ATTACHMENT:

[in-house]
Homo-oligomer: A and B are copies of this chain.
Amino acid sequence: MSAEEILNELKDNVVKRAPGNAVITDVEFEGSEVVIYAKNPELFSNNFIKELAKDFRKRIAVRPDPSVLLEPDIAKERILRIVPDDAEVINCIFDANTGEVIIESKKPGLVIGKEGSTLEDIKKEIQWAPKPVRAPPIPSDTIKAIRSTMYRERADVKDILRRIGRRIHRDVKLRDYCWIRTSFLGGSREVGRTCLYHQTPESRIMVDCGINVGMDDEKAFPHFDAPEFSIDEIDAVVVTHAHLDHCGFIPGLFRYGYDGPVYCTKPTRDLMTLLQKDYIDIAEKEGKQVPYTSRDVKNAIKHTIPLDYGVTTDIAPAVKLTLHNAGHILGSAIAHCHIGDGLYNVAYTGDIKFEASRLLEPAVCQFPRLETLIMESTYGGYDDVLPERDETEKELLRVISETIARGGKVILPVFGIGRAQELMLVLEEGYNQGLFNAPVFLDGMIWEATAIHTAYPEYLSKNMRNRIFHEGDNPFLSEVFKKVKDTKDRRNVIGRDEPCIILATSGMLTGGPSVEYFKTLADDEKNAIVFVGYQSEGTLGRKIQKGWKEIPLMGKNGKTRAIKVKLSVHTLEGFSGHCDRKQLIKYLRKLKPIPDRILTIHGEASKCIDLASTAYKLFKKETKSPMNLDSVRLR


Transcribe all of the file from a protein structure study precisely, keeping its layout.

[in-house]
Homo-oligomer: A and B are copies of this chain.
Amino acid sequence: MSAEEILNELKDNVVKRAPGNAVITDVEFEGSEVVIYAKNPELFSNNFIKELAKDFRKRIAVRPDPSVLLEPDIAKERILRIVPDDAEVINCIFDANTGEVIIESKKPGLVIGKEGSTLEDIKKEIQWAPKPVRAPPIPSDTIKAIRSTMYRERADVKDILRRIGRRIHRDVKLRDYCWIRTSFLGGSREVGRTCLYHQTPESRIMVDCGINVGMDDEKAFPHFDAPEFSIDEIDAVVVTHAHLDHCGFIPGLFRYGYDGPVYCTKPTRDLMTLLQKDYIDIAEKEGKQVPYTSRDVKNAIKHTIPLDYGVTTDIAPAVKLTLHNAGHILGSAIAHCHIGDGLYNVAYTGDIKFEASRLLEPAVCQFPRLETLIMESTYGGYDDVLPERDETEKELLRVISETIARGGKVILPVFGIGRAQELMLVLEEGYNQGLFNAPVFLDGMIWEATAIHTAYPEYLSKNMRNRIFHEGDNPFLSEVFKKVKDTKDRRNVIGRDEPCIILATSGMLTGGPSVEYFKTLADDEKNAIVFVGYQSEGTLGRKIQKGWKEIPLMGKNGKTRAIKVKLSVHTLEGFSGHCDRKQLIKYLRKLKPIPDRILTIHGEASKCIDLASTAYKLFKKETKSPMNLDSVRLR